I must admit, I feel exhausted… which isn’t good for the beginning of a new academic year. It’s my own fault. I gave myself a week’s holiday a fortnight ago, but things have just been too busy to take much time off. Look at my Instagram – with a new case each day – and you’ll see how eye emergencies just keep turning up!
Yesterday’s emergency was an elderly Jack Russell Terrier with cataracts, uveitis and glaucoma, while the day before was a Shih Tzu with a laterally strabismic eye and a dilated pupil. Now, I know what you’ll say – a simple case of oculomotor nerve palsy, surely? Except the dog was blind in the same eye due to an atrophied optic nerve. So that makes it a trickier diagnosis – and it’s those cases that keep me going.
While a morning’s worth of corneal ulcers and dry eye are simple to deal with – a matter of pattern recognition that doesn’t take me much brain power – if you don’t see eyes every day it’s much more difficult. And that is the whole reason for the Instagram profile, so you can see a new eye case each day with some discussion around it. Cases which perplex me are more tiring as they require some serious thinking, but they keep ophthalmology interesting for sure! It stops exhaustion from becoming burnout.
One of the questions I ask applicants for veterinary medicine at St John’s is how, after getting A*s and As in their A-levels (or maybe it’s 8s and 9s now) and spending six years learning the intricacies of veterinary science, the students think they could cope with days of cat bite abscesses, dog vaccinations and the occasional diarrhoeic gerbil? Won’t they get bored? It’s interesting to hear their answers. Many say that there will always be interesting cases to see. Some say that their aim is to care for animals whether they have routine complaints or rare ones, while a few say that while a condition might be routine for the vet, every case is of concern for the owner and it’s that bond between client and pet that we ought to be concentrating on. I do like that response. At 17 or 18, though, lots of applicants are focused on their love for the animals with a smattering of passion for science thrown in too. Only a few seem to think much about the owners. But gosh – at 18 years old 40 years ago, I don’t remember mentioning anything about owners or their concerns at my interview so I can hardly expect applicants to know, can I?
While a condition might be routine for the vet, every case is of concern for the owner and it’s that bond between client and pet that we ought to be concentrating on
Of course, veterinary medicine is quite as much about being able to interact with owners, be they rat fanciers or sheep farmers, as it is about the science behind what treatment option to choose or what diagnostic step to take in a particular disease presentation. And for sure we have client communication skills classes for our students, but they take up a tiny proportion of time compared with the lectures on basic sciences or clinical skills. Where are the students to get their training in talking to owners? While they’re doing their extra-mural studies (EMS), of course! For starters, seeing us and how we interact with clients is key in them developing their own communication strategies. There are acknowledged methods to help. The Cambridge-Calgary model integrates 71 skills (or so Wikipedia tells me – I must admit I haven’t counted them all up!) from eye contact and empathy, to summarising and asking about owner’s views and beliefs. But reading a paper on what to do in a consultation is nothing compared to seeing it being done well.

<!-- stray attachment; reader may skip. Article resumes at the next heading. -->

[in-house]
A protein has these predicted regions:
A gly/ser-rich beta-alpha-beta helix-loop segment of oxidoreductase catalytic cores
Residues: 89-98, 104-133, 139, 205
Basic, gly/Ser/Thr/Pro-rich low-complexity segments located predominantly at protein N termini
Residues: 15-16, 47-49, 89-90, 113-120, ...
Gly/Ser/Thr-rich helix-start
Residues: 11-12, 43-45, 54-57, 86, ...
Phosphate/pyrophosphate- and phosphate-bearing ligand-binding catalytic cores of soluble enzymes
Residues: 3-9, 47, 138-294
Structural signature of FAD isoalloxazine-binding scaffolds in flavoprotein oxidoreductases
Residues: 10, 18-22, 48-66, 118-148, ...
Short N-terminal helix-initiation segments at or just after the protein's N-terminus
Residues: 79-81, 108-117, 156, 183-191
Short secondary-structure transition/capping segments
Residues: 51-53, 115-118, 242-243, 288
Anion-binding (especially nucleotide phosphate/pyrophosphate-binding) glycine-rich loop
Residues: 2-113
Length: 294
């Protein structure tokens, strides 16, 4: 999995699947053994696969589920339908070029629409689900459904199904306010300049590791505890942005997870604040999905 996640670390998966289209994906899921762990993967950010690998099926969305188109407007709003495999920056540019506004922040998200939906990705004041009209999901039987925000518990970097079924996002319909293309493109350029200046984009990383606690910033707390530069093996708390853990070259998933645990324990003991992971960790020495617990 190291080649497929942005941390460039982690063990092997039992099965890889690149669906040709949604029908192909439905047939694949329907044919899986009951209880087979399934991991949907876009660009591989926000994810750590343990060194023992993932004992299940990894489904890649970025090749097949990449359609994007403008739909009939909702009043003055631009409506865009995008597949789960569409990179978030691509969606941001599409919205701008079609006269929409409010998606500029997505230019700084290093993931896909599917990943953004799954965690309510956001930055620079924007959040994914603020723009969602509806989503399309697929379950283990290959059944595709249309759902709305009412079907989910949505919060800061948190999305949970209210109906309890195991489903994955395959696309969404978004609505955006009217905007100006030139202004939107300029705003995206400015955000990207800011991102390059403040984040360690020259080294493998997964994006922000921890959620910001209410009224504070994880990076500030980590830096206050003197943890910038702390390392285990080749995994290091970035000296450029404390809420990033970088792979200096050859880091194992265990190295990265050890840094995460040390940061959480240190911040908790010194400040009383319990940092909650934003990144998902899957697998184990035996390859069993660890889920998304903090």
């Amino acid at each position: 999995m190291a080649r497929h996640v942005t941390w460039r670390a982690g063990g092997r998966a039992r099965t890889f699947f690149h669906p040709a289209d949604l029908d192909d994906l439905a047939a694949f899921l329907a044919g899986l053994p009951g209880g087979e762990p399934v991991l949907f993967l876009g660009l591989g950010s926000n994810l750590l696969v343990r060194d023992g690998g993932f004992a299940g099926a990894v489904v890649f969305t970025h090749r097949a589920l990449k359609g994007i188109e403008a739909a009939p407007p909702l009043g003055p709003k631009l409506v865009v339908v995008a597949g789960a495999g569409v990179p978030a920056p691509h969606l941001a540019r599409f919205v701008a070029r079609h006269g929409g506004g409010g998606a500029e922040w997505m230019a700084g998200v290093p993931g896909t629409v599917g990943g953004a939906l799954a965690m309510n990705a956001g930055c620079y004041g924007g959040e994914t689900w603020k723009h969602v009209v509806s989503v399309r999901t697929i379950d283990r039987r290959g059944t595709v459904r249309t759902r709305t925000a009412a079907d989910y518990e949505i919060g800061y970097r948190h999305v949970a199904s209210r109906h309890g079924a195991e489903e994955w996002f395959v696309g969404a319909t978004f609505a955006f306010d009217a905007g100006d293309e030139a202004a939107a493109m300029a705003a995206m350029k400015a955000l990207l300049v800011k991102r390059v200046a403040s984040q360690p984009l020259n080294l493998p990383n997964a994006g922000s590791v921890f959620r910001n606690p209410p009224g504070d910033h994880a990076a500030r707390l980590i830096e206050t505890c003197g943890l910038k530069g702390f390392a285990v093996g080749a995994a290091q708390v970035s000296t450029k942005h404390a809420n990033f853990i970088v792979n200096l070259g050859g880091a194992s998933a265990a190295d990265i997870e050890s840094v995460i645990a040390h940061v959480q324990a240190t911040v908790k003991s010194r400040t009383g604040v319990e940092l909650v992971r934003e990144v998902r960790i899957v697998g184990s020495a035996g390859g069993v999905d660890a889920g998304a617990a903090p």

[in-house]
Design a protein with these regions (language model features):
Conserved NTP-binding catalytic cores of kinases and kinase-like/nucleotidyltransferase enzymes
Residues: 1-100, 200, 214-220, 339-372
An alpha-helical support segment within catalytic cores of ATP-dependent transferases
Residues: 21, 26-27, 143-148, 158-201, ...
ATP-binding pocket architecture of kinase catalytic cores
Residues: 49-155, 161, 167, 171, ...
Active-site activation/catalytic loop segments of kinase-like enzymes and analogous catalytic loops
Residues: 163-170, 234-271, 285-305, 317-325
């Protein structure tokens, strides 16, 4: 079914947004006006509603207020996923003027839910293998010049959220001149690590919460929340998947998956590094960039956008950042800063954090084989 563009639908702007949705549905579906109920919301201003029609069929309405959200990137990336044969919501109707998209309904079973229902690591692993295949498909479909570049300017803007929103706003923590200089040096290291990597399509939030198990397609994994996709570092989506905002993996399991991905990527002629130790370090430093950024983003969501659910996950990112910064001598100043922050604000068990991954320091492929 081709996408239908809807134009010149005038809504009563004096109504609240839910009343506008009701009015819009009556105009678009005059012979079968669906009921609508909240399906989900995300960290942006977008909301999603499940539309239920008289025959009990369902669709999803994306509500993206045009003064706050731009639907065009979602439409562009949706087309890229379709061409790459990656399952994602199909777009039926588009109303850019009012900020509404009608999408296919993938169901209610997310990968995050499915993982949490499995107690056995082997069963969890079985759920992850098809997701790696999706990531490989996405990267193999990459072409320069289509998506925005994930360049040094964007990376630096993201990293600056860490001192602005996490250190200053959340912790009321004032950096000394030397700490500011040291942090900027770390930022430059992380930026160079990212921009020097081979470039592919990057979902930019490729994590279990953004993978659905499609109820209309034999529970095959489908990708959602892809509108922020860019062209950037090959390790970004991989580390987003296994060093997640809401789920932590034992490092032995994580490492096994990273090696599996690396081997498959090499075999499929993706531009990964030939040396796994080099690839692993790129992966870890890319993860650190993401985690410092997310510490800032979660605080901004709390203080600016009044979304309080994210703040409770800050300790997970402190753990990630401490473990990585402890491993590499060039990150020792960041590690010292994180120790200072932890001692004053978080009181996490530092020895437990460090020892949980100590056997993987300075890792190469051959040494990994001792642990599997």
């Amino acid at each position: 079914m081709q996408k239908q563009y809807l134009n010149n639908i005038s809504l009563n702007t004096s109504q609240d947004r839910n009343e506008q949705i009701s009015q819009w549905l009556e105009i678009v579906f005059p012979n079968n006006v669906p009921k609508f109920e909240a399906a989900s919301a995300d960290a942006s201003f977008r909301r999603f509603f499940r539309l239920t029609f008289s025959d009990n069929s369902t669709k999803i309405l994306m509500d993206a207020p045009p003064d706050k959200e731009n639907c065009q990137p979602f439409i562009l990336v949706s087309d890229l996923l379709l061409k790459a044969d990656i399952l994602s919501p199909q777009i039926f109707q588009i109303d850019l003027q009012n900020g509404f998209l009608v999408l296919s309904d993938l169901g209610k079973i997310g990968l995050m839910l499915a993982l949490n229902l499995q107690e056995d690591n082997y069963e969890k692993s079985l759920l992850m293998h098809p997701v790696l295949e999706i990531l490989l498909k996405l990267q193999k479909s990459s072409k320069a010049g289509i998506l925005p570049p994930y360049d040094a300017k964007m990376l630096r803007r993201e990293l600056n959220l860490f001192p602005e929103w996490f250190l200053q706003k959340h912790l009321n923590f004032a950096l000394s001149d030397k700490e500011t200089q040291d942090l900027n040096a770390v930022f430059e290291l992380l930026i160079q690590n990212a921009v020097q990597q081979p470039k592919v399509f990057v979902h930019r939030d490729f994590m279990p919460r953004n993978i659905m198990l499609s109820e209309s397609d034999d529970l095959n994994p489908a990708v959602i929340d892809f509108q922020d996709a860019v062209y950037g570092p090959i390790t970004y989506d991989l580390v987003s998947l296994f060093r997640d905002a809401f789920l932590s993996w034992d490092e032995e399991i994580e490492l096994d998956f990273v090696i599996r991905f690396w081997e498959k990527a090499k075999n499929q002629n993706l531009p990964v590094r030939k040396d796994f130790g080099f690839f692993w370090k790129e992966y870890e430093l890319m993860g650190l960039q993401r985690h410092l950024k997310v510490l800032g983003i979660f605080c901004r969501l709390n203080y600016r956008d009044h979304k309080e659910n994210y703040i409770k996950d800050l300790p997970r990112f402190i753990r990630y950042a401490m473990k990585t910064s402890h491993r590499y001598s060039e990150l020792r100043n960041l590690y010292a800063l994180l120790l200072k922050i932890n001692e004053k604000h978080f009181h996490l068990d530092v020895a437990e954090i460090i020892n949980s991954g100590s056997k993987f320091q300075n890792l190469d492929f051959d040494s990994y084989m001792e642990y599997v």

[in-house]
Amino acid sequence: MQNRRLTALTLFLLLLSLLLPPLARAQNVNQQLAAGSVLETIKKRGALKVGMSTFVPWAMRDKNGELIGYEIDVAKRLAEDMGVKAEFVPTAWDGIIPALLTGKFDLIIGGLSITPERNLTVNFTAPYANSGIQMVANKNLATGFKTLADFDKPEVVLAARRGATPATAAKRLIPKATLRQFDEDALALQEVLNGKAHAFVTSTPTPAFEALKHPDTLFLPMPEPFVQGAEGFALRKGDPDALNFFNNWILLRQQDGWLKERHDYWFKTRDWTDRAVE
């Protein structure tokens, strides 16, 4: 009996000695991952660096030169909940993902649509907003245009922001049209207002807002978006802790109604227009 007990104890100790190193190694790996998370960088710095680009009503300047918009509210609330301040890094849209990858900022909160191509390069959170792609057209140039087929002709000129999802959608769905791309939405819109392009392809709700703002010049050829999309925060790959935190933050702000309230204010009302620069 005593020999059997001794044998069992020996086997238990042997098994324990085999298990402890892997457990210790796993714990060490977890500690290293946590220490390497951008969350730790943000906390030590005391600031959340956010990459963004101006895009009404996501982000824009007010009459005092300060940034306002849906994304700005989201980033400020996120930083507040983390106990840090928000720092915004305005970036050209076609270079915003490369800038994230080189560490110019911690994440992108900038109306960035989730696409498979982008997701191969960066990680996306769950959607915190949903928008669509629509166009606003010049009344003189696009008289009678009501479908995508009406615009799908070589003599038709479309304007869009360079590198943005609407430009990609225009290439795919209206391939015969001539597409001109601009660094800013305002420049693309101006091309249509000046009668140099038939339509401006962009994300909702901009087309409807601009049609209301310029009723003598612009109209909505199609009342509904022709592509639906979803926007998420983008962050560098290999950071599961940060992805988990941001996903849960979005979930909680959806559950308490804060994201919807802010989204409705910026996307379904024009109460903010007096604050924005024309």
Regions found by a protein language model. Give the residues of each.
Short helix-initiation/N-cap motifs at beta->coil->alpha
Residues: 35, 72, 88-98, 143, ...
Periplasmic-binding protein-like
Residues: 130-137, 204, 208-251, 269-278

The vet who first drew me to veterinary ophthalmology, John Heath in the 608 Vet Group in Solihull, was a past master in communicating with clients. “You should be able to come up with your diagnosis in a minute or two”, he used to say. But the owner is paying for much more than that – so chatting to them about their pet, their children or his own favourite Warwickshire County Cricket Association was key! Those were the days, nigh on 40 years ago, before five-minute consultations and computers in consult rooms. John’s quiet, calm empathy was second to none, with a winning smile and an infectious chuckle. Things that no textbook or lecture could impart and could never be summarised in a set of steps but moulded themselves to whatever the client needed. Well, I say “client” but those people who brought their pets to John’s clinic were never seen by him as clients with the underlying emphasis on providing a service they paid for, but rather friends who could be helped.
John’s quiet, calm empathy was second to none, with a winning smile and an infectious chuckle. Things that no textbook or lecture could impart and could never be summarised in a set of steps but moulded themselves to whatever the client needed
You might say that this is viewing the past with rose-tinted glasses but even so, I think we need to get back to that way of seeing our part in benefitting the welfare of animals and their owners… and our own welfare too. Seeing our practices as places where we help friends and their pets, rather than businesses where we make money out of veterinary services, is a sure-fire way of ensuring we don’t feel burnout, even if every day is not a little exhausting!